New York boasts the Statue of Liberty, Florida has Disney World, California rocks stunning coastlines, and Alaska has… wait, what does Alaska have? Even though it’s by far and away the largest American state, the world is rather oblivious to anything that actually goes on up there.

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This might come as a bit of a shock, but there is a whole lot more to that big piece of northern land than just the stereotypes like dog mushing, polar bears, snow, ice, more snow, a few more polar bears, and the Northern Lights. A giant Santa can greet you at the North Pole, or you can shake paws with a feline politician. And that’s just the tip of the Alaskan iceberg.

10 The World’s Largest Santa Claus Statue (at the North Pole)

Just as December rolls around year after year, Michael Buble and Mariah Carey start to bellow out tunes about Santa and his reindeer on every supermarket’s radio, indicating that the holiday season is well and truly upon us. For most of us, Santa is just a regular-sized guy (okay, maybe he’s a little larger due to feasting on a few too many cookies) with a thick, white beard. Over in Alaska, however, there’s no way he’s fitting down any chimneys.

A towering 42-foot-high Kris Kringle stands tall on St. Nicholas Drive in the town of North Pole, making it officially the biggest in the world.

9 A Cat... that was officially the Mayor of Talkeetna

For some people, having the opportunity to meet the mayor of a town (especially a small town) can be a real hoot. However, when they start to respond to all of your genuine questions and concerns with a different intonation of the word “meow,” then there’s not much room for the conversation to grow.

Over in the small town of Talkeetna, with a population of about 900, a beloved feline by the name of Stubbs held the title of town mayor for a whopping 20 years. During its tenure as leader, it is rumored that dogs were mandated to be leashed at all times, and taxes were reduced on all scratching posts.

8 A hammer museum

There are some pretty intriguing museums dotted around this diverse world of ours (just look at the Museum of Broken Relationships in Croatia as a perfectly questionable example), but the Alaskan town of Haines is trying their best to take top spot in the ‘weird museums’ category.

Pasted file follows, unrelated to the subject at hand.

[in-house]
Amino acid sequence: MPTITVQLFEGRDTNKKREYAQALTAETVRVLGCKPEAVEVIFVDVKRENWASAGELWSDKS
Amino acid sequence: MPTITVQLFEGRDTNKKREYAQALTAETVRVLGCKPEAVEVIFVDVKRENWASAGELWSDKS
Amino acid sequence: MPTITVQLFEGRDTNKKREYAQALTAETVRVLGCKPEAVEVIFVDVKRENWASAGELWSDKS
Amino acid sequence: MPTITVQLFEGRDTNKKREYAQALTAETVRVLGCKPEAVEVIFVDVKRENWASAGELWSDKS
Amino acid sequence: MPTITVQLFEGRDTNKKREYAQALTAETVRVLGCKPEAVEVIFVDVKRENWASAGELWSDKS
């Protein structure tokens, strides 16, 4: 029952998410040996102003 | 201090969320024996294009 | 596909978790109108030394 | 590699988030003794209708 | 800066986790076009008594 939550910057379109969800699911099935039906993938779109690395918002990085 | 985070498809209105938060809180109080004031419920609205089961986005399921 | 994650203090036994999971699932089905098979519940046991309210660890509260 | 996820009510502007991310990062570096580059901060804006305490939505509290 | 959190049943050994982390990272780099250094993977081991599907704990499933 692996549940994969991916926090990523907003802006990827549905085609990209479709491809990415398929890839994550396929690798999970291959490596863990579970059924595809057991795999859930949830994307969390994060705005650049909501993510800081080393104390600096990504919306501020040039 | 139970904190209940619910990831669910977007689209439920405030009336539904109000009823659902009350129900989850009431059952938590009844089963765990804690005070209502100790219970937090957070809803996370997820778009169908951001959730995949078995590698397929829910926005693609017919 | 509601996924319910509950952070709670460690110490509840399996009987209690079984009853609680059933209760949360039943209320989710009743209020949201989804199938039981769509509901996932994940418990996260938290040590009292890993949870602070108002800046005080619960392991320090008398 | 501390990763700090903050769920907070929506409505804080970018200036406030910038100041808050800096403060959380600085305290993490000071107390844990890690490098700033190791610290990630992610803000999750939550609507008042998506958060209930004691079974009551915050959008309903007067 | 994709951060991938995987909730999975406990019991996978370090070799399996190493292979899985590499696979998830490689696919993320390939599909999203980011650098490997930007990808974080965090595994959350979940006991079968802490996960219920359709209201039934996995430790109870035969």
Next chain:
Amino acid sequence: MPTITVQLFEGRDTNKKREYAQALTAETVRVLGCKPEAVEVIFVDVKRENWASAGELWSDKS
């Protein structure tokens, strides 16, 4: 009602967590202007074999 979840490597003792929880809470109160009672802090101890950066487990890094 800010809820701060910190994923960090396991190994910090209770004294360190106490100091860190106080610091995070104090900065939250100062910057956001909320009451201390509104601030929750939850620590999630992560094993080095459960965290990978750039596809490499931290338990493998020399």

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Thanks to the curator, Dave Pahl, the Hammer Museum features over 1,700 unique hammers, brought in from every corner of the globe. Contrary to most of our (pretty darn basic) hammer knowledge, they’re not exclusively for nails. They come in all different shapes and sizes, and as tacky and boring as it might sound, the place actually boasts rather positive reviews.

7 Bears (of the non-polar variety)

When we think of Alaska, what exactly comes to mind? Snow, ice, some more snow, polar bears, whales, and snow, right? Well, believe it or not, the environment and ecoysystem is actually a little more diverse.

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Yes, there are polar bears, and yes, they’re darn cute, but they’re by no means the only type of bear roaming around. In fact, there’s plenty of subspecies of black bear found throughout the state, including the Eastern black bear, glacier bear, Kenai black bear, Haida Gwaii black bear, and Dall black bear. These critters are omnivorous (meaning they won’t tear you to pieces and eat you), however, there have been plenty of reports of them wandering into human territories in search of food.

6 A House that looks like it was built by Dr. Seuss

Alaska is the biggest American state. However, it’s also the least populated, at only 1.3 persons per square mile (if we included those black bears it might be a different story). So, with such an abundance of space, you’d assume that the locals would be able to expand their properties horizontally, right?